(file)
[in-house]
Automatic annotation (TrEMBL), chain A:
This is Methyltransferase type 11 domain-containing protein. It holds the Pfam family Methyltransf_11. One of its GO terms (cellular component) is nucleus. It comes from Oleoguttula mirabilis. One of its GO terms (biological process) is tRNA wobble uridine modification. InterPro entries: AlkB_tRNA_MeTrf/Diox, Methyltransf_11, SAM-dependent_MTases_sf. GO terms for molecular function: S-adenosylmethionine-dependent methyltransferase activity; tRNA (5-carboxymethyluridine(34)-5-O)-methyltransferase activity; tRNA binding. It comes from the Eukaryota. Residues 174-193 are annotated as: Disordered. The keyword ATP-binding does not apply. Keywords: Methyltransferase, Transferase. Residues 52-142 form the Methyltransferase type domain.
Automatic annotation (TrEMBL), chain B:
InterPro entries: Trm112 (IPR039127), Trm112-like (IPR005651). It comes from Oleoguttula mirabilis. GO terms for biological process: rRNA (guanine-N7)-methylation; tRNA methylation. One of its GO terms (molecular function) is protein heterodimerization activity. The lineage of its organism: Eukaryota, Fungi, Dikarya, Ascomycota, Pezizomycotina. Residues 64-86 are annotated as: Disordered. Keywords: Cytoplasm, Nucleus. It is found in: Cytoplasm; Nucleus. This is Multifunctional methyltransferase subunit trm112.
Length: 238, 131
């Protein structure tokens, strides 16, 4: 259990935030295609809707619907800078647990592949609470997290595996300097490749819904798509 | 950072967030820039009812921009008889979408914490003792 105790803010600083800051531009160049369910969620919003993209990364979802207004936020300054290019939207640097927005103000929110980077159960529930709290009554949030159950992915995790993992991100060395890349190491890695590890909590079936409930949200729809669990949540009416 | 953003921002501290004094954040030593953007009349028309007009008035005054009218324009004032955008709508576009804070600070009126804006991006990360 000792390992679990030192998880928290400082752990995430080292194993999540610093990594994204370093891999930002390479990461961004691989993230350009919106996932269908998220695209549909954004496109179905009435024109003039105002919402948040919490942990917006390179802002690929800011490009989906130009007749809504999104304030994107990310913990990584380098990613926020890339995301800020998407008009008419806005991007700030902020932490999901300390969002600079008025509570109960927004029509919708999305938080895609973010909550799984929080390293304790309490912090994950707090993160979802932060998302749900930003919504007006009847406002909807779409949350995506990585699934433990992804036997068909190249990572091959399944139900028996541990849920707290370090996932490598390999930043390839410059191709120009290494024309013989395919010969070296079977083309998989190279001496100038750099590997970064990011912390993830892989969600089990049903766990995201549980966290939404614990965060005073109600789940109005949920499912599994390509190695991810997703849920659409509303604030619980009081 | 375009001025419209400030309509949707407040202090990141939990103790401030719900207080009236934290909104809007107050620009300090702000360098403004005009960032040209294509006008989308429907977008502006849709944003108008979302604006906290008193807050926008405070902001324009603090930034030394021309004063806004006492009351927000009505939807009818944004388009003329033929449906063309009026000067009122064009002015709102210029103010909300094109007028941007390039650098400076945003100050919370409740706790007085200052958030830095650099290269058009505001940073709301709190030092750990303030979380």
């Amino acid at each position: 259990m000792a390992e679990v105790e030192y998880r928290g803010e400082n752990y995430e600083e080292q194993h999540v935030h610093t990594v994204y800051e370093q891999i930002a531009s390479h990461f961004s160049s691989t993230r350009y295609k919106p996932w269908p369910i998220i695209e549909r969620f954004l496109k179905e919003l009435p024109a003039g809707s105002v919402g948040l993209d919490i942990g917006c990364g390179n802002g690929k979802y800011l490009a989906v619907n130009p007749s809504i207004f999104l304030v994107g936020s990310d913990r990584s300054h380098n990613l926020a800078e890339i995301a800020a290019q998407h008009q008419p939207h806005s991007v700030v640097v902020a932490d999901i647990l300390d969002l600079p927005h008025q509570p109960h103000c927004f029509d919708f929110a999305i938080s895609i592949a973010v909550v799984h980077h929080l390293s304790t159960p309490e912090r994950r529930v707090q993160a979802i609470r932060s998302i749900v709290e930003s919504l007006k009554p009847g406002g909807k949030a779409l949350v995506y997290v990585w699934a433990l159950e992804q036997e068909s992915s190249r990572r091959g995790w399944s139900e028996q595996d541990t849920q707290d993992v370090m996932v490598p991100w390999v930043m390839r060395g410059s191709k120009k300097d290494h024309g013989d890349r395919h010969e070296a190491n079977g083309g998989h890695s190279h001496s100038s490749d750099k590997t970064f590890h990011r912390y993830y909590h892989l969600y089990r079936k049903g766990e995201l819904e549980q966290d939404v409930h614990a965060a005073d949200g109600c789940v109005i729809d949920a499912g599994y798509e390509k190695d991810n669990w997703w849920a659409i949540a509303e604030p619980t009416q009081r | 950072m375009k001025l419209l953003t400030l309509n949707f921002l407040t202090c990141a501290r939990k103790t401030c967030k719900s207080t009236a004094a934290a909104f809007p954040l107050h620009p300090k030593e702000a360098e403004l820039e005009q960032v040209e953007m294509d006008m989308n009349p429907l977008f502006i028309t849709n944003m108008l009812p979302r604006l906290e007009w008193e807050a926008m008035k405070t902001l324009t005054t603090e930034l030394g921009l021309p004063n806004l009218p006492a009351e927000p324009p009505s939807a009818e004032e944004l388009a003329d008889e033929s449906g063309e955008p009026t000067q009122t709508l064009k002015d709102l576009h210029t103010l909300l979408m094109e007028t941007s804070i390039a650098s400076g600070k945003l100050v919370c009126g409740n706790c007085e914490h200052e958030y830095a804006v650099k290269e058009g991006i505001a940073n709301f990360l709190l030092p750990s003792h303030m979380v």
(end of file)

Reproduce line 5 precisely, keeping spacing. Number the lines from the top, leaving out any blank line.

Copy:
InterPro entries: Trm112 (IPR039127), Trm112-like (IPR005651). It comes from Oleoguttula mirabilis. GO terms for biological process: rRNA (guanine-N7)-methylation; tRNA methylation. One of its GO terms (molecular function) is protein heterodimerization activity. The lineage of its organism: Eukaryota, Fungi, Dikarya, Ascomycota, Pezizomycotina. Residues 64-86 are annotated as: Disordered. Keywords: Cytoplasm, Nucleus. It is found in: Cytoplasm; Nucleus. This is Multifunctional methyltransferase subunit trm112.